Their homes had minor violations in a routine state inspection, but they say their landlord is using those violations as an excuse to get them out and charge new tenants higher rent.
For residents, it has become a little like Hell on Earth in a place that once offered a promise of paradise.
"I think that it's harassment," one resident said.
"Well, it's absurd," said another.
In San Rafael's Contempo Marin, dozens of mobile home owners have received eviction warnings from their landlord because a routine state inspection found minor violations on their properties.
"And they receive letters that say in seven days, if you don't fix everything that was on your inspection, that we'll evict you," explained homeowner Keith Meloney.
The violations could be for stairways, for decks, for weeds, or for rubbish. Wanda McBade got an eviction warning for putting up Christmas lights without a proper electrical permit.
"I've been signed off, luckily. I met with the inspector and he couldn't believe that they had sent me this letter," she said.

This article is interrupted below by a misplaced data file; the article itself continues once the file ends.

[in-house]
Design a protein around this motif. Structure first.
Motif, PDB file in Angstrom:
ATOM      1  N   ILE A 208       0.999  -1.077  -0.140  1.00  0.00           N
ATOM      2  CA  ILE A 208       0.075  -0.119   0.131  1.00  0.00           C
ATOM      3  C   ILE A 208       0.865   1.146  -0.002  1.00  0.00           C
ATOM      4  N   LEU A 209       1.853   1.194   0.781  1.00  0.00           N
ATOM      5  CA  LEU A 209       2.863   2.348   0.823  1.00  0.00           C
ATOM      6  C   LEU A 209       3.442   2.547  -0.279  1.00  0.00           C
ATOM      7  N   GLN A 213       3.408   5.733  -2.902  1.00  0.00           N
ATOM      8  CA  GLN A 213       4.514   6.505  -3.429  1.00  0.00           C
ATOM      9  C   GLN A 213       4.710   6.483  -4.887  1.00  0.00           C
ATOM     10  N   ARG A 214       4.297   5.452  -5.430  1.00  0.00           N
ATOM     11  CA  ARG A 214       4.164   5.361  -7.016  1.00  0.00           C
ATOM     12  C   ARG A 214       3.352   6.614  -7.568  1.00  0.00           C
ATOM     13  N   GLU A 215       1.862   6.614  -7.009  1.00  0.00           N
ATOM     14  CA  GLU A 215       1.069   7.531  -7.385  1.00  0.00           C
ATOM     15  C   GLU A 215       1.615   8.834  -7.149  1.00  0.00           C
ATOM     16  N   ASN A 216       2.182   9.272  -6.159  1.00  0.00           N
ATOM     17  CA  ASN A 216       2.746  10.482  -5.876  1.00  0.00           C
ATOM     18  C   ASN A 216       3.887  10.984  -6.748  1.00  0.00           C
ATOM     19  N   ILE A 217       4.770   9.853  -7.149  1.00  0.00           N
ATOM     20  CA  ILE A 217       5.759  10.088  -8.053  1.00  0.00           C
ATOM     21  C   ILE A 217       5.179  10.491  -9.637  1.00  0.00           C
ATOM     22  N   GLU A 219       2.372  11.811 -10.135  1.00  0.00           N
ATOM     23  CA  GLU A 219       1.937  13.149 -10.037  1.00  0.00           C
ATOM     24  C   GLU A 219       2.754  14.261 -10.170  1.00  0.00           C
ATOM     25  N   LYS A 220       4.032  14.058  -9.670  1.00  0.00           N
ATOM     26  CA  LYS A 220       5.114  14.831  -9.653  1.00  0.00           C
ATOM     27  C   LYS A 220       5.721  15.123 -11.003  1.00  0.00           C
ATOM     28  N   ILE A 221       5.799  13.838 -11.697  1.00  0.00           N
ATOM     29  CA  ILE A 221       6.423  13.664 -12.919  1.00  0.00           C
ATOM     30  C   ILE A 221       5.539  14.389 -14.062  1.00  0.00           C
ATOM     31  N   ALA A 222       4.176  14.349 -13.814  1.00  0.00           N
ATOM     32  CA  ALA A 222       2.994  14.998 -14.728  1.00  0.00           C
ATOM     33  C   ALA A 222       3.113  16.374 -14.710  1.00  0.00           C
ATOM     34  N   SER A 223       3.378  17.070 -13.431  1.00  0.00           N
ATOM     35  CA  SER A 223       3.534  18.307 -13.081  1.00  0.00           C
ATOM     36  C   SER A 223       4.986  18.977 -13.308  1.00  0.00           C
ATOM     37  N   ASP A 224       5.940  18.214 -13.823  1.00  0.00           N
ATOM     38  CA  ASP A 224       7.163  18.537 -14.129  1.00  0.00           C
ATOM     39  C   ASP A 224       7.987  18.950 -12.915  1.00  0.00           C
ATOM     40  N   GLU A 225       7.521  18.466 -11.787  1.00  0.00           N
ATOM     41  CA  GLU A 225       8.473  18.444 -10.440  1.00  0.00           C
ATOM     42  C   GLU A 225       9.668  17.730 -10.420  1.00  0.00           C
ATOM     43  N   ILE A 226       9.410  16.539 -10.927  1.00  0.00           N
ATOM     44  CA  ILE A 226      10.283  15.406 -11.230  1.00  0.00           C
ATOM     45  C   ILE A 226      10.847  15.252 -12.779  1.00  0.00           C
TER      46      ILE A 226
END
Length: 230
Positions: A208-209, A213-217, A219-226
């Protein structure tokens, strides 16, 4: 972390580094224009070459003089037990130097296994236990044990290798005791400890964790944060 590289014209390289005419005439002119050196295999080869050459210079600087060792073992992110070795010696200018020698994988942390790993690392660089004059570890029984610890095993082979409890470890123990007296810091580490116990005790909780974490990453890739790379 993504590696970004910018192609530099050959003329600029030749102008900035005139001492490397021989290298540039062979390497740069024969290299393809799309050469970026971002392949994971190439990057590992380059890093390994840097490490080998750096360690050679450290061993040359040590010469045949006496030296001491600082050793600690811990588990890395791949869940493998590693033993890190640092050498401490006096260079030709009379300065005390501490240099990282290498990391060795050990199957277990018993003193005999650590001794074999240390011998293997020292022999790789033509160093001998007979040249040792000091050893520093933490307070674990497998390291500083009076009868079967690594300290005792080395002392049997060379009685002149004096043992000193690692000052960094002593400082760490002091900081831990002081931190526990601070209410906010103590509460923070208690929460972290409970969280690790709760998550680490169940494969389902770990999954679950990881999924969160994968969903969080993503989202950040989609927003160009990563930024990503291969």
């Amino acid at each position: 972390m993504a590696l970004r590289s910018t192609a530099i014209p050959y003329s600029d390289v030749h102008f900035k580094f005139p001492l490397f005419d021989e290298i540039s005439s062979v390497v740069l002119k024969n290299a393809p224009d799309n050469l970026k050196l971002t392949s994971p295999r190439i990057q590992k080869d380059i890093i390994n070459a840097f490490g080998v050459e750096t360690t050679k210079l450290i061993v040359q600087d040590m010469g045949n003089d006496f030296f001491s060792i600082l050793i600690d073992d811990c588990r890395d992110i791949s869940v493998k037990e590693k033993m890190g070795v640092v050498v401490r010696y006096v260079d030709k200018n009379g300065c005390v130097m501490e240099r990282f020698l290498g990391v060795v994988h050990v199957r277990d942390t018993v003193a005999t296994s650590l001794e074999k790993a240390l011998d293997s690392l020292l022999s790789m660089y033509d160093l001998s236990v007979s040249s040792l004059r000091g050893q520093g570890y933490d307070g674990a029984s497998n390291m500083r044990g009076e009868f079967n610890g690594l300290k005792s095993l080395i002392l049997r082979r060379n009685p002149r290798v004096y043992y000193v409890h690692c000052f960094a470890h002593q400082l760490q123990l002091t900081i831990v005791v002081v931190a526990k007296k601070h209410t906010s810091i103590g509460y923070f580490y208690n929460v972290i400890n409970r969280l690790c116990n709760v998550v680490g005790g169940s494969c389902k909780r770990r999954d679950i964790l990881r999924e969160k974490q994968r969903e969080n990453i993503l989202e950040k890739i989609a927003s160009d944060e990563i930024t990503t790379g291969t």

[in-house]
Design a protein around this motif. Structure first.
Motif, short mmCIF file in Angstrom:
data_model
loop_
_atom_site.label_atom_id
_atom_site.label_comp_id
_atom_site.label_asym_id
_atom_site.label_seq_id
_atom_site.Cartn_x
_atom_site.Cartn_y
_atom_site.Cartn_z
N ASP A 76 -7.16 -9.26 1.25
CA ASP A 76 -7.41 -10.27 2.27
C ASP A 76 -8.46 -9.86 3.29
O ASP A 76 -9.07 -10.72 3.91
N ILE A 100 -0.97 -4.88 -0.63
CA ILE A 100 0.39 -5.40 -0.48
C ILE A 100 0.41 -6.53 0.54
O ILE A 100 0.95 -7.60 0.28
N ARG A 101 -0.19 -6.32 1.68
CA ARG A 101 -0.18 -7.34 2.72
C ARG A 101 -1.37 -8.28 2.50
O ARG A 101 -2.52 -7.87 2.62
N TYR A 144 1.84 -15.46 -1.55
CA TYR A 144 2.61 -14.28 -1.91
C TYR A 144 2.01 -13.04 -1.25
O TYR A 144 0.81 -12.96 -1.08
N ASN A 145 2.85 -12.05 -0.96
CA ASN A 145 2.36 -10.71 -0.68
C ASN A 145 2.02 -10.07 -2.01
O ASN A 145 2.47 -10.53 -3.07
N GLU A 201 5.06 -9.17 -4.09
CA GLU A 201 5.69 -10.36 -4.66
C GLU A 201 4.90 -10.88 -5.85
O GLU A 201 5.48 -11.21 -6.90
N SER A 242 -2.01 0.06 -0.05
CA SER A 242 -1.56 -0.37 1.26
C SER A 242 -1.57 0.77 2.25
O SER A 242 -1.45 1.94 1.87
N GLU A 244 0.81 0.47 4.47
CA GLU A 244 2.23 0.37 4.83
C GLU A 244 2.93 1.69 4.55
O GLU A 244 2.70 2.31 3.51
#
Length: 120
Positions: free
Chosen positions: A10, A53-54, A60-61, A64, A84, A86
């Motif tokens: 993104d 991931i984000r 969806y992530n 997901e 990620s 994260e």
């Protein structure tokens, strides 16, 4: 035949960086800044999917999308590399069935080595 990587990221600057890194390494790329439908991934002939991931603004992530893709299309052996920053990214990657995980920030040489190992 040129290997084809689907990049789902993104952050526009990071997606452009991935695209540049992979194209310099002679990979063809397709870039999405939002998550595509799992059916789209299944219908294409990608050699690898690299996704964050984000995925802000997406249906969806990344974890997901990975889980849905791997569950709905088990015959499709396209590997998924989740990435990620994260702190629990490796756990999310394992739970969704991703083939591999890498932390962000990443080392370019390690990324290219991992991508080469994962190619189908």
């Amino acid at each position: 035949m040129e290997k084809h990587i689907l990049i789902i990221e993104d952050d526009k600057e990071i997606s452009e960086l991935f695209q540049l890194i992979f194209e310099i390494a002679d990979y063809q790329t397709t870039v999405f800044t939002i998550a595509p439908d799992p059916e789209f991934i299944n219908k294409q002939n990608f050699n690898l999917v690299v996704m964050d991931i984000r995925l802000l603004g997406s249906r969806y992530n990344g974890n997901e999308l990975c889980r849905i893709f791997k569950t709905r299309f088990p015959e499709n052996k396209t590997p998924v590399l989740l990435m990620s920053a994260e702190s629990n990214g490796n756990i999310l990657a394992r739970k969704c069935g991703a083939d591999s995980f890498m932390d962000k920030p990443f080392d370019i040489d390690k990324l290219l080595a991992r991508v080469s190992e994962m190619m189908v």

Three years ago, Equity Lifestyle Properties, which owns the land, won a judgment ending rent control for any vacated properties and for all of them by 2018. That move devastated housing values in the area, leaving owners upside down, underwater, and helpless. Some have just given their homes away and moved out.
"If they remove a resident from a home, then the rent control for that home site ends and the new person who's placed in that home will pay three times the rent," Meloney said.
On-site management would not comment, but by telephone, a company spokesman told ABC7 News that "to preserve our legal rights, we need to induce residents to fix the problems."
However, it may not be that simple. Equity Lifestyle Properties has decided to put some of the homes up for sale. One is on the market for $5,000, but of course it needs a little bit work. The steps leading down to the driveway are gone. It leads to a question: Is there a double standard here?
It is a question that management did not want to answer.
"But, we do have a vicious park owner that's wanting to get his way, no matter what," homeowner John Sherry said.
Meantime, repairs continue at Contemp Marin at a frantic pace despite a deadline of January 20 that appears to be landlord-manufactured. The state's deadline is still more than one month away.
"Everyone in this park has been a victim," McBade said.